For Pascal, a few sceptical remarks
An Old Problem
The belief that no human agent is entirely dependable, that humans – taken both individually and en masse – are prone to error and vice, that, in short, nobody can be trusted, is one of the few certainties (if a disheartening one) around which Western political theory has confidently built its precepts since classical antiquity. For all their differences, Greek and Roman authors as well as the writers in the Christian tradition converged on this simple assumption: because human agents are unreliable and people represent a threat for one another, the primary task of any political authority is to ensure the safety of its subjects from the hazardous behaviour of their peers.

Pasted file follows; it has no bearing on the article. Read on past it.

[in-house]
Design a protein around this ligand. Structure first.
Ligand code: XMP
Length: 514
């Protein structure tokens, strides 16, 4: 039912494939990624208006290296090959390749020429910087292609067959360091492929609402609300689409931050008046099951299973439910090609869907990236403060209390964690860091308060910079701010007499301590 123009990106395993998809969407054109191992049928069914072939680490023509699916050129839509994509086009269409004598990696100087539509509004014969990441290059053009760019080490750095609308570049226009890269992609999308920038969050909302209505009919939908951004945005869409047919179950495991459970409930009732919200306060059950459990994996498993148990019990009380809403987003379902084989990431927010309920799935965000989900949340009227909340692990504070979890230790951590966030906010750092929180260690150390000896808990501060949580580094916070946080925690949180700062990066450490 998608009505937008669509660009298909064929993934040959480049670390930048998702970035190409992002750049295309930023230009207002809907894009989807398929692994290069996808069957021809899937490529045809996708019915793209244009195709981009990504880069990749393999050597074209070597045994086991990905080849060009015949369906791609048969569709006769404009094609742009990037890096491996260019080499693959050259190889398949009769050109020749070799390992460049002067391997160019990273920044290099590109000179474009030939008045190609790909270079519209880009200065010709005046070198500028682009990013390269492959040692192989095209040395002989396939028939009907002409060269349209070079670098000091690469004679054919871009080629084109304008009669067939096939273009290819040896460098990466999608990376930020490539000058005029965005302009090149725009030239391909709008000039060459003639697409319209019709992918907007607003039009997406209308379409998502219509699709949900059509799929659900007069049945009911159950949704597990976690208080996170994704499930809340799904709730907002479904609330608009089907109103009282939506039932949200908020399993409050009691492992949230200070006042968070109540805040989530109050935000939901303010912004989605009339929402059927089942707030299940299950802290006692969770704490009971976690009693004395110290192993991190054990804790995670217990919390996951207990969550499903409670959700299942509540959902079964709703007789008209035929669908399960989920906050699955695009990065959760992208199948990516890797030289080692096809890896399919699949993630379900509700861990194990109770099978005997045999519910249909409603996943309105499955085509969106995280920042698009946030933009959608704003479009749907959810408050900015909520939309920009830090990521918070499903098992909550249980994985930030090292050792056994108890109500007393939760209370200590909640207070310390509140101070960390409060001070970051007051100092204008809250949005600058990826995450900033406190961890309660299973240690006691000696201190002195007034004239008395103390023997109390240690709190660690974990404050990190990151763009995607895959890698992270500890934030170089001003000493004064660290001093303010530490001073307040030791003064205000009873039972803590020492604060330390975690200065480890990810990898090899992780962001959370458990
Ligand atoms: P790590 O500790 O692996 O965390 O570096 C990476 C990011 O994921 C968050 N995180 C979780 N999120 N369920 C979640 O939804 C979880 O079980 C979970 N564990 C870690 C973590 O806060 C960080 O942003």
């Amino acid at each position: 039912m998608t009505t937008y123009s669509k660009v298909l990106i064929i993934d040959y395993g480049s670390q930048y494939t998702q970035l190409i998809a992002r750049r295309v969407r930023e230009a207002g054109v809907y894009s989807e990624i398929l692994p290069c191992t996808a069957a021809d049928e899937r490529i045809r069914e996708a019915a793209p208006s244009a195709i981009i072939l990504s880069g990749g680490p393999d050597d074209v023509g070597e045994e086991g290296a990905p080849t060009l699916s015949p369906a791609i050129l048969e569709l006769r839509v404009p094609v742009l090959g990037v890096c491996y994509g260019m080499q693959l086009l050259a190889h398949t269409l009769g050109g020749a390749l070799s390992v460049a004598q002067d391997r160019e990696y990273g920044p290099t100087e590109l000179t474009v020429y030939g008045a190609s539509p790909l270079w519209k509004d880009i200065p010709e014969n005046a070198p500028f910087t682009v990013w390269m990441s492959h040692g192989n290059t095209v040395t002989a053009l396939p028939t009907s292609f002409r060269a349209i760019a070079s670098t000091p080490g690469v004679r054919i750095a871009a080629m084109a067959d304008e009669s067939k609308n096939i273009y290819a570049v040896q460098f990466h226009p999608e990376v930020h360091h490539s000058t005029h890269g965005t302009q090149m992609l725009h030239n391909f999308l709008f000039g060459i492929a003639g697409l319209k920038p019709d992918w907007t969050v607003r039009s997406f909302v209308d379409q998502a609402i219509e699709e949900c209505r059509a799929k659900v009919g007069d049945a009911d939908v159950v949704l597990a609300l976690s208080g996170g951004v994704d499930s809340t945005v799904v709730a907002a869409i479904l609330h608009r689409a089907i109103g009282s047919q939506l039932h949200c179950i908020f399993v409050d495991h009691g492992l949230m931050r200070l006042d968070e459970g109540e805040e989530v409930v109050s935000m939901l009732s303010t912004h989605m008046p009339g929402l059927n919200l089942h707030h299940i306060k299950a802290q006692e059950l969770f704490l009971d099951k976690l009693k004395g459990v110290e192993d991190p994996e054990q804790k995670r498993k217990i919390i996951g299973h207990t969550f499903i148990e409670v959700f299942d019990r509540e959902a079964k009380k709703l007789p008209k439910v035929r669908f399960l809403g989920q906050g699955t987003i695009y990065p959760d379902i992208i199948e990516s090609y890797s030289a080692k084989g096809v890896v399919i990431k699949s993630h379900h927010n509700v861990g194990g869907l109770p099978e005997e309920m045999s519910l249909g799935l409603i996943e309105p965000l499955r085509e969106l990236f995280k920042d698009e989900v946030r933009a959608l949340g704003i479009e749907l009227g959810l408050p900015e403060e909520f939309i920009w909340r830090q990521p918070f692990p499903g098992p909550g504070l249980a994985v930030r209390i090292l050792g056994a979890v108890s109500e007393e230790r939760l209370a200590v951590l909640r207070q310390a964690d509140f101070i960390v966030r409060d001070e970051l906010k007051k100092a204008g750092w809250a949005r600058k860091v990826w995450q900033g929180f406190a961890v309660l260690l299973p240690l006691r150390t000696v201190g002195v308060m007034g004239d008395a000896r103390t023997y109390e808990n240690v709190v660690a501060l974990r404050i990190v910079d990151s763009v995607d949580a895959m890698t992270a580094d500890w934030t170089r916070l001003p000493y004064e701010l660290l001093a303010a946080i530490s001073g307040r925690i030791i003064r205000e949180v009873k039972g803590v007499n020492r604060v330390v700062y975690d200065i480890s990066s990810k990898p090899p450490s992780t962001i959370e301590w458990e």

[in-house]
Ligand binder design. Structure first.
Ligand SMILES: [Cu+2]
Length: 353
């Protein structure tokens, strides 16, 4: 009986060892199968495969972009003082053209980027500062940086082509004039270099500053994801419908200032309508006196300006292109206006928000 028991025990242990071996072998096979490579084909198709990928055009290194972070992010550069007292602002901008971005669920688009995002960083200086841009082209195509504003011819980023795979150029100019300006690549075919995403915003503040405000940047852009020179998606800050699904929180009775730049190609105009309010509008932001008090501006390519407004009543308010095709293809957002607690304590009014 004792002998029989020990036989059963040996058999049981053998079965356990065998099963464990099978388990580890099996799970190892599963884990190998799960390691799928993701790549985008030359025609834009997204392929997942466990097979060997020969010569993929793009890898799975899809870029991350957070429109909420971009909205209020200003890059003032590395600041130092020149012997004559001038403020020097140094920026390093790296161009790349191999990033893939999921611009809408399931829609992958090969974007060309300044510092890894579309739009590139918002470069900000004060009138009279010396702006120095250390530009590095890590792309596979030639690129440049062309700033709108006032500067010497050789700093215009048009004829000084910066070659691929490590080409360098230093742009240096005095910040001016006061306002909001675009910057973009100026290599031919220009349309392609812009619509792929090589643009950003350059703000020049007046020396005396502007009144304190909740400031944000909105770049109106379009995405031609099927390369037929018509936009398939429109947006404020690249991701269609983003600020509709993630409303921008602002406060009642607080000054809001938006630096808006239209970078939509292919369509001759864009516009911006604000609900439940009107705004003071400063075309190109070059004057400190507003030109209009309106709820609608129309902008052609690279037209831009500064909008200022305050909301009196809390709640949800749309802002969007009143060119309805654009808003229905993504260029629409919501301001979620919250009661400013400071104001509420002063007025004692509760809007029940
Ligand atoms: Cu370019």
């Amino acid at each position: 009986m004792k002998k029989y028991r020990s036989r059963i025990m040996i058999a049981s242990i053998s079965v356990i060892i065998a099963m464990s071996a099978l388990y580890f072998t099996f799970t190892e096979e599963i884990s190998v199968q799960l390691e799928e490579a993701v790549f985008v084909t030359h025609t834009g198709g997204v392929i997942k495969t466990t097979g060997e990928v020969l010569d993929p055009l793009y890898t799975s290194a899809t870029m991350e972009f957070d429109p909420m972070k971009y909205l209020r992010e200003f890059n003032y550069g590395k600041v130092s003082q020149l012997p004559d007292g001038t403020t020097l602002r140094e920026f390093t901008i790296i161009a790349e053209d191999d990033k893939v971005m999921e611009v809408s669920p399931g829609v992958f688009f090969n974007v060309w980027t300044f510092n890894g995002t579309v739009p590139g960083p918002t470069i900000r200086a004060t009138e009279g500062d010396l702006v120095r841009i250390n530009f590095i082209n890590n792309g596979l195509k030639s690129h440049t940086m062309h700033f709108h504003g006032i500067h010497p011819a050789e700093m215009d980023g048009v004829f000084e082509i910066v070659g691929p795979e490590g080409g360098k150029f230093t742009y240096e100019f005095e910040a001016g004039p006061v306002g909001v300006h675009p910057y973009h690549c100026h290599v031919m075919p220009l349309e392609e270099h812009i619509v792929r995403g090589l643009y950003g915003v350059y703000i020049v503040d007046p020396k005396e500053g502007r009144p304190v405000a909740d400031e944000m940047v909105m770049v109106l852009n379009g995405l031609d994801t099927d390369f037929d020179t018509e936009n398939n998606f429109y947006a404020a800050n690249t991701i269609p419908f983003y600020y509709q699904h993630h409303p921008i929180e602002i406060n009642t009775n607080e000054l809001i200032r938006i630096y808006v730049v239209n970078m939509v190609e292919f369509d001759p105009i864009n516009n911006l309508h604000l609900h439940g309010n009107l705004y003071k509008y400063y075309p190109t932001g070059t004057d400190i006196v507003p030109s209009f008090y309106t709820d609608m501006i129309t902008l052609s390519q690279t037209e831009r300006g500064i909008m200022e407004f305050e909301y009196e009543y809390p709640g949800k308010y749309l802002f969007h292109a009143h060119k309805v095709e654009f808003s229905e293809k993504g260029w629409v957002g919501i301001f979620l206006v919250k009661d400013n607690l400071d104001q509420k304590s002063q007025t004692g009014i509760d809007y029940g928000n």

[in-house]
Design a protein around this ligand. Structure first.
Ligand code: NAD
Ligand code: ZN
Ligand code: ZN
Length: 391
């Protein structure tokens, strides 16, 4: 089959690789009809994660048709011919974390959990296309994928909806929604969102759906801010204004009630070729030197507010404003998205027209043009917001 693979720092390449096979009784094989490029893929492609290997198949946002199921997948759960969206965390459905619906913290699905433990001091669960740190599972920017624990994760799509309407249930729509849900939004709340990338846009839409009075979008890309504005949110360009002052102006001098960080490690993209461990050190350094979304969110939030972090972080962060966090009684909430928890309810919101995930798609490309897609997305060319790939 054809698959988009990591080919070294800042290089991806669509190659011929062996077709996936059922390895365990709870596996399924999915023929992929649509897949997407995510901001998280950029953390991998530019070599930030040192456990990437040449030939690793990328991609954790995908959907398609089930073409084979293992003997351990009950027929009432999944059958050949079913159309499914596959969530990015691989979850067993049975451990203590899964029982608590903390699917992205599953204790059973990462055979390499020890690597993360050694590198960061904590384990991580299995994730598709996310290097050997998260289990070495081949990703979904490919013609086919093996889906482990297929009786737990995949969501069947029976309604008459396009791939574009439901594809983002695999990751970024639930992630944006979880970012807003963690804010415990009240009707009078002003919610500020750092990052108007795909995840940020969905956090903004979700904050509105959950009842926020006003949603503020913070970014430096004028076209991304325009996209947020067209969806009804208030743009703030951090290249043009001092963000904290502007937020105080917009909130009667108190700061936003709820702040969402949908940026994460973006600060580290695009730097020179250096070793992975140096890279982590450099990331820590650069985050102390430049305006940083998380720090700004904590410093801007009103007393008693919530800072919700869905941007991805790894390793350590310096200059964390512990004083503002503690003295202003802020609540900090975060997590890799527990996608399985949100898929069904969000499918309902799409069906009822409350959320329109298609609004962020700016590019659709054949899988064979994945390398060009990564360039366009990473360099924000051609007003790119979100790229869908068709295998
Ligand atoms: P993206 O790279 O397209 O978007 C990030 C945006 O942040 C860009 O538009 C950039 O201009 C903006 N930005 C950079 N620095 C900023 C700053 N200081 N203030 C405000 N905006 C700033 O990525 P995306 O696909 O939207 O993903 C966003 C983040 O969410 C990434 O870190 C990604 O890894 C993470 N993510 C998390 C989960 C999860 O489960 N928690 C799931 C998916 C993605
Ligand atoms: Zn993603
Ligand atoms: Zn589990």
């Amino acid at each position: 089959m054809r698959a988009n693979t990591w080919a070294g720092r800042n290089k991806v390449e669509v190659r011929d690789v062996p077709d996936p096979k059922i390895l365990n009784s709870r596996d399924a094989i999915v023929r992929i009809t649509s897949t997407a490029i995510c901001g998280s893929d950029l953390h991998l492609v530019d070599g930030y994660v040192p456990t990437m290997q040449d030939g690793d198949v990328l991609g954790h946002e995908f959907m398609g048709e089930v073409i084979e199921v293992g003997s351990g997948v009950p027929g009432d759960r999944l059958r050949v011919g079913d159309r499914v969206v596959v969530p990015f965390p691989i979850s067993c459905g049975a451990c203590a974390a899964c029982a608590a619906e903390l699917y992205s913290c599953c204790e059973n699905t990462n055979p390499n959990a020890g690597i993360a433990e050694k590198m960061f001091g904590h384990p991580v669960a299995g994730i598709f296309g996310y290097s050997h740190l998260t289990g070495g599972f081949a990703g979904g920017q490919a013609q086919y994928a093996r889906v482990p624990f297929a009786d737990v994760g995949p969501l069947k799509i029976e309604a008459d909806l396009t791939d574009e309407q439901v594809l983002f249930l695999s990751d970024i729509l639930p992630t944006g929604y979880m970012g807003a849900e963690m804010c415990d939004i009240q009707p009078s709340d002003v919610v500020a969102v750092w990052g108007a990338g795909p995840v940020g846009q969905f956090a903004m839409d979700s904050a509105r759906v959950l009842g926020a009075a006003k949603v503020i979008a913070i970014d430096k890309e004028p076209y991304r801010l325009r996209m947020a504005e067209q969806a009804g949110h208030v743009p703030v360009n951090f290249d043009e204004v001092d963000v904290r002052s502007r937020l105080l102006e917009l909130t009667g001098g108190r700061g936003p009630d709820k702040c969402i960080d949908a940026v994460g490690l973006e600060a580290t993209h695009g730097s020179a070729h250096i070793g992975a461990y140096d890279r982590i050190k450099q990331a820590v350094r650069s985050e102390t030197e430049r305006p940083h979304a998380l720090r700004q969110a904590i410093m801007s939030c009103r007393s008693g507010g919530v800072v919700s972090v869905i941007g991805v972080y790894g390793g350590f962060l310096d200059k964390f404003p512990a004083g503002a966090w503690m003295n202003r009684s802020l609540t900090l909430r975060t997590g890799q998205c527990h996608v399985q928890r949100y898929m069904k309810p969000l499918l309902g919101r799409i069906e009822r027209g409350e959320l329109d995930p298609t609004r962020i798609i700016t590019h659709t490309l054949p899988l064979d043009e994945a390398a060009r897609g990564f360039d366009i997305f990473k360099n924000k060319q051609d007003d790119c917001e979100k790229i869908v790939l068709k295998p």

In Thomas Hobbes's Leviathan, for example, the establishment of absolute power was justified precisely by this necessity of mutual protection. It was because individuals feared and mistrusted one another that they agreed to submit to the rule of a ‘common reason’ – represented by the absolute monarch or by some ruling body invested with similar prerogatives – thus preferring the certain evils of repressive authority, to the far worse uncertainties of anarchy. Whenever the sovereign failed in its task to grant safety and protection, the compact that constrained the subjects to obey its diktats would be dissolved, and the subjects themselves would be restored to the hazardous freedom of the state of nature.